This is how we do it

In an attempt to differentiate and demarcate, it’s common for trainers, their businesses and training organisations, to invest a lot of effort into discussing what they won’t do, what training tools they won’t use, and how they won’t treat or handle your pet.

And while transparency is good, and historically, in this industry, it has been valuable, we aim to emphasise standards, rather than limitations or restrictions, and what we do, rather than what we don’t.


Here’s the thing, we don’t really do training. There isn’t some established definition of ‘dog training’ but the term certainly carries with it many connotations, synonymous with discipline, obedience and control.

We have come a long way in teaching others, and in our role, we have students of different species, each with needs, abilities and expectations.
But, the dogs are the vulnerable parties, whose humans want help to understand the needs of their pets.

It’s all education. And both species require a safe learning environment, free from intimidation, with copious amounts of support and guidance.


The modern dog

Dogs live with humans, which has provided them with many advantages. But, this arrangement also deprives them of so much, largely because our expectations of them and their behaviour are unrealistic.

As humans continue to live both busier and more sedentary lives, dogs spend longer in virtual social isolation, confined in under stimulating environments, with little consideration for their behavioural needs, to the detriment of their welfare.

Dogs are expected to and must inhibit their tendencies, their behaviour, their very dogginess just to live with us and when they don’t, their lives are at risk.

We put a lot of effort into management; setting up the dog’s environment so they are less likely to make mistakes. Unwanted behaviours, those mistakes, are usually normal dog behaviours. Management alone, suppresses dog behaviour even further, so we don’t do management alone.

What a dog needs

So far, we are talking a lot of what we don’t do. Instead of “training”, our programs help identify and provide for the dog’s needs, while supporting the human owner and making sure everyone’s welfare is maintained.

Foundations, we guide you in establishing, will always lie in helping the dog live an appropriately enriched life and the relationship between both learners, human and canine, being enhanced through engagement.
We work on engagement, and everything else follows – this makes “obedience” just not an important thing.


We concentrate on teaching behaviours that benefit the dog in their life with their human, and that help the dog and their human live together.
That’s what enrichment is supposed to do; provide dogs outlets for their natural behaviours, providing them with coping skills for the world we keep them in.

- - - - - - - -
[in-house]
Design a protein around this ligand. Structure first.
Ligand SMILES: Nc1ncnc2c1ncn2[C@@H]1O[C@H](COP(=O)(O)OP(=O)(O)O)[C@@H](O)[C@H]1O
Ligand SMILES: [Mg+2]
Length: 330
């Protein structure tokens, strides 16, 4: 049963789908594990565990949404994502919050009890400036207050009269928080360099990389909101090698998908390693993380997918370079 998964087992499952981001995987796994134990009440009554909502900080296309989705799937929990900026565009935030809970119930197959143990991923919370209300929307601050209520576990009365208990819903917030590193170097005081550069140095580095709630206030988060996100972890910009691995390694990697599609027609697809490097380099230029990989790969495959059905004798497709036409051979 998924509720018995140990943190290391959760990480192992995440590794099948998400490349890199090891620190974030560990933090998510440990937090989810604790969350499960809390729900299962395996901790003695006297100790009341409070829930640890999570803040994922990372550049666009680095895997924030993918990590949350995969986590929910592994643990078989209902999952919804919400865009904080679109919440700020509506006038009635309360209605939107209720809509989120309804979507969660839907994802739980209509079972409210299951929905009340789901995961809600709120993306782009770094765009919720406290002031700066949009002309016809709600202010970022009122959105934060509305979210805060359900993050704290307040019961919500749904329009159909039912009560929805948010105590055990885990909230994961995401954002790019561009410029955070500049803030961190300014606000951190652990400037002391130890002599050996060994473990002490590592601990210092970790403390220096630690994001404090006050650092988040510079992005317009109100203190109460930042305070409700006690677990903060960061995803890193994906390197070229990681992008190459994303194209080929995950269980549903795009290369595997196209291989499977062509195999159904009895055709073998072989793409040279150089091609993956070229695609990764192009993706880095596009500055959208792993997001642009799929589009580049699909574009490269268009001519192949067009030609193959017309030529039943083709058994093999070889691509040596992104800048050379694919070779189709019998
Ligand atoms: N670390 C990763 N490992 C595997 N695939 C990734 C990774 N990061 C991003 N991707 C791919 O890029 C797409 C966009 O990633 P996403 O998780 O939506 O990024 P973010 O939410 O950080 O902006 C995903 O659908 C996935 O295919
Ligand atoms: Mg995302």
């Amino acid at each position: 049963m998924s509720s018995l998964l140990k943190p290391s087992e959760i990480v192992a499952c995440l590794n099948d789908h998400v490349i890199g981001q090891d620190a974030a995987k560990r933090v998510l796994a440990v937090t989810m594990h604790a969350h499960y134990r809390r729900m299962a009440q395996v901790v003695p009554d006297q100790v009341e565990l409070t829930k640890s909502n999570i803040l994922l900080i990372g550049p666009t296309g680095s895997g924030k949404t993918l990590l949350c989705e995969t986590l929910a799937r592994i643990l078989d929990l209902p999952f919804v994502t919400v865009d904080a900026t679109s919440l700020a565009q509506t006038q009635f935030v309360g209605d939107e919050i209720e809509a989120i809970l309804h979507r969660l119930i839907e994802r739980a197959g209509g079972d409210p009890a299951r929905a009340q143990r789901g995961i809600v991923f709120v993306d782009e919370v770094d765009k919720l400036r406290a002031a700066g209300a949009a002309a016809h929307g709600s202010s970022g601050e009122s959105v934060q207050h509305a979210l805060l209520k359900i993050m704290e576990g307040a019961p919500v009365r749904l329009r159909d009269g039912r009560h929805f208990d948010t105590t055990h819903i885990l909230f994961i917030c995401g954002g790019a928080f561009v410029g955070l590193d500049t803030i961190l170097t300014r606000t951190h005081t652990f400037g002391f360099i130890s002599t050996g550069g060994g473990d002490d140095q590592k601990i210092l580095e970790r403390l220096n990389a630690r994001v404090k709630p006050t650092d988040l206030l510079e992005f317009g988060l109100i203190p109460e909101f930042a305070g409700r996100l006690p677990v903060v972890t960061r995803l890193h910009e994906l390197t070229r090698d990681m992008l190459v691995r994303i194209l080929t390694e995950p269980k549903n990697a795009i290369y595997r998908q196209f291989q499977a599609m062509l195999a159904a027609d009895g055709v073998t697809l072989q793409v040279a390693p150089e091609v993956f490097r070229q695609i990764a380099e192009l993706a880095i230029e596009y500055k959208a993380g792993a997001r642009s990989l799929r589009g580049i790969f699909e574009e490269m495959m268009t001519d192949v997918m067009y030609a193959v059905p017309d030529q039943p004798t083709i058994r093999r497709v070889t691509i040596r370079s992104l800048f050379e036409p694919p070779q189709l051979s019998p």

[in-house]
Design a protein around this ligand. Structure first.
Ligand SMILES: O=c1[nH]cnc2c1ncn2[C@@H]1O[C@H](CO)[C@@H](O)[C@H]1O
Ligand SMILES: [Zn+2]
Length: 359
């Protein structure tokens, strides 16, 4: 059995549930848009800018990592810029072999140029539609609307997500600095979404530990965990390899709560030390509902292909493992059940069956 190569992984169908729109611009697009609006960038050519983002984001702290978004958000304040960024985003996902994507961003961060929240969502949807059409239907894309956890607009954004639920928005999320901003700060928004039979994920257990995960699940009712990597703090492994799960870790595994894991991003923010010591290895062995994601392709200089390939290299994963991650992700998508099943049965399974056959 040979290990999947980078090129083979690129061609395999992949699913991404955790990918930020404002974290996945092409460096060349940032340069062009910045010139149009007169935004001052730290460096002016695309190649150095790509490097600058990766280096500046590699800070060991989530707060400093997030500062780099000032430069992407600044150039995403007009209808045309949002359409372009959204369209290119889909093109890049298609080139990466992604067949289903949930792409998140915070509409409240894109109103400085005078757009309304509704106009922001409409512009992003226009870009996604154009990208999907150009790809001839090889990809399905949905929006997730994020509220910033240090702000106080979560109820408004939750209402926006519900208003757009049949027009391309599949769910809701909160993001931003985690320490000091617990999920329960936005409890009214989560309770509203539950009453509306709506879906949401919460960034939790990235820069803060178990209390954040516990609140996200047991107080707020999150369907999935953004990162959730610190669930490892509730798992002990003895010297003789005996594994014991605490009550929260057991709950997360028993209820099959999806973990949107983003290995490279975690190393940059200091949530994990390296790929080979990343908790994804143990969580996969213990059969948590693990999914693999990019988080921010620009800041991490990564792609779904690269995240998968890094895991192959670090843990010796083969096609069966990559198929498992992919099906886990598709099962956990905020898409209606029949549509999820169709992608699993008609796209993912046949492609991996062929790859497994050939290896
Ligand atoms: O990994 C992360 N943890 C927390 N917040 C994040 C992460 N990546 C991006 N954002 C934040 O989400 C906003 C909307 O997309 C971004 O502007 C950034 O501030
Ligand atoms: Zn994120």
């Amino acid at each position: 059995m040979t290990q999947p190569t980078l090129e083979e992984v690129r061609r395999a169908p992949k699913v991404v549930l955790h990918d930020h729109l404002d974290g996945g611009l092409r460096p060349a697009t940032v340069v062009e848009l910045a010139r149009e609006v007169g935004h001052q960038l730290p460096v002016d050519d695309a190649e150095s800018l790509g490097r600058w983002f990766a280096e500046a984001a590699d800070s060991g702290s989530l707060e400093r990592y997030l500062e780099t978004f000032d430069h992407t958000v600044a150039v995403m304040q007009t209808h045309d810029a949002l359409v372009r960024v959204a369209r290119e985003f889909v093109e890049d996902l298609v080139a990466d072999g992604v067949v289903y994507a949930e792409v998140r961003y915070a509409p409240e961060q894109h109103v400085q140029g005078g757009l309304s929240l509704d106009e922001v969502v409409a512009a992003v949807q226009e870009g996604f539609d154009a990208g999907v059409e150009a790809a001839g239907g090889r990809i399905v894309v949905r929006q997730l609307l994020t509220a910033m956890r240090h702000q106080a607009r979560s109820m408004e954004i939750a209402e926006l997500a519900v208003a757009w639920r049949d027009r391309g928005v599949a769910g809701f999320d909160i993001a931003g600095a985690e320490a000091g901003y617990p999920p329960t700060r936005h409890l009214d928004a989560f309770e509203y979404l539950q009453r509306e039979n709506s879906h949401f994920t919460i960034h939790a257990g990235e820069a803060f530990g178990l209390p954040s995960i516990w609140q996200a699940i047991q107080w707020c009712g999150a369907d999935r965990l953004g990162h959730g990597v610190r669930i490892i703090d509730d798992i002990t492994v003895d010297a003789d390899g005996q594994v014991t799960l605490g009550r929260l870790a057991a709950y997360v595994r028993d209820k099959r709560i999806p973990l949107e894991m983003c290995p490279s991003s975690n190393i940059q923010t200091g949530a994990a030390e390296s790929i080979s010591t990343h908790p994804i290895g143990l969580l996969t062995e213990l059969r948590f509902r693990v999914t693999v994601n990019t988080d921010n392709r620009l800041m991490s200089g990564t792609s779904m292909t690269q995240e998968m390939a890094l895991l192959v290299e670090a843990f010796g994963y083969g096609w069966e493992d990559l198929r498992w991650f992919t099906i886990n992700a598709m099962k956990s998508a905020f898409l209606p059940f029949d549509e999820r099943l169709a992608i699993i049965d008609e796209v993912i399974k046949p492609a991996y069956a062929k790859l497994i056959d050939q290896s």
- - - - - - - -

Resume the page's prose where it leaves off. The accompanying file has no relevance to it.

Be aware that ‘training’ and learning, for your dog (and for you), is happening all the time, whether you are involved directly, indirectly or not at all.

That’s why we use naturally occurring cues, rather than barking out “commands”. All behaviour is cued by something, even behaviours that we don’t like. Those cues prepare the dog to anticipate outcomes that may relate to them feeling accordingly.

We analyse those cues, or triggers, for behaviour, and teach the dog to carry out some other healthier behaviour in response. This allows us to take a reinforcement based approach and minimise the use of aversives.

“Obedience” is not prioritised as, in our experience, we don’t think that’s what you and your dog needs at all (more here on the whys).

Our species is obsessed with obedience, discipline, control, dominance. Instead of emphasising training exercises, let’s provide our dogs with experiences.

Allow them to navigate our world, as dogs, using their senses, their cognitive approaches, letting them find their joy, allowing them to work it out. We can be their guides (it can be  appropriate and acceptable to both species), jumping in when asked, sharing their joy, basking in their silliness.

This provides dogs with important life skills – stuff you can’t teach through “obedience” or control. Their humans learn how to shape their dogs’ experiences and together they navigate their world.


An enrichment based approach

Enrichment is about providing captive animals, including companion dogs, with outlets for normal, natural, necessary behaviours. Many people don’t seem to know what constitutes species-typical behaviour and requirements for dogs or about breed/type specific requirements – dogs are just expected to conform.

And, it seems, that the term ‘enrichment’ and its application, have been somewhat co-opted and apparently are thought to be about puzzles of ever increasing complexity.

That’s not it at all. And that’s why I wrote and developed #100daysofenrichment – it’s essentially a complete “training” program, providing both canines and humans with skills and knowledge required to live together happily and healthily.


No woo here

While all this might sound a little bit out there, we assure you that everything we do is grounded in evidence and sciences relating to animal learning, animal behaviour, human teaching and animal care.

We take a systematic approach to carefully analysing the dog’s environment, lifestyle and behaviour. And then we translate that for their human so that they’re not hit with too much jargon or technicality.

Human centric

Our entire conversation about dogs is from our point of view; how much they love us, how they were sent here to help us; I mean, we say that a dog loves us more than he loves himself.
We talk about the wonders of dogs, but this is largely acceptable only on our terms, via our Disney-version of dogs.

Dogs are wonderful as dogs, just being dogs. Real dogs, uninhibited by human burdens and expectations, doing things that are so often perplexing, and even disgusting, to us, being dogs living their best dog-lives.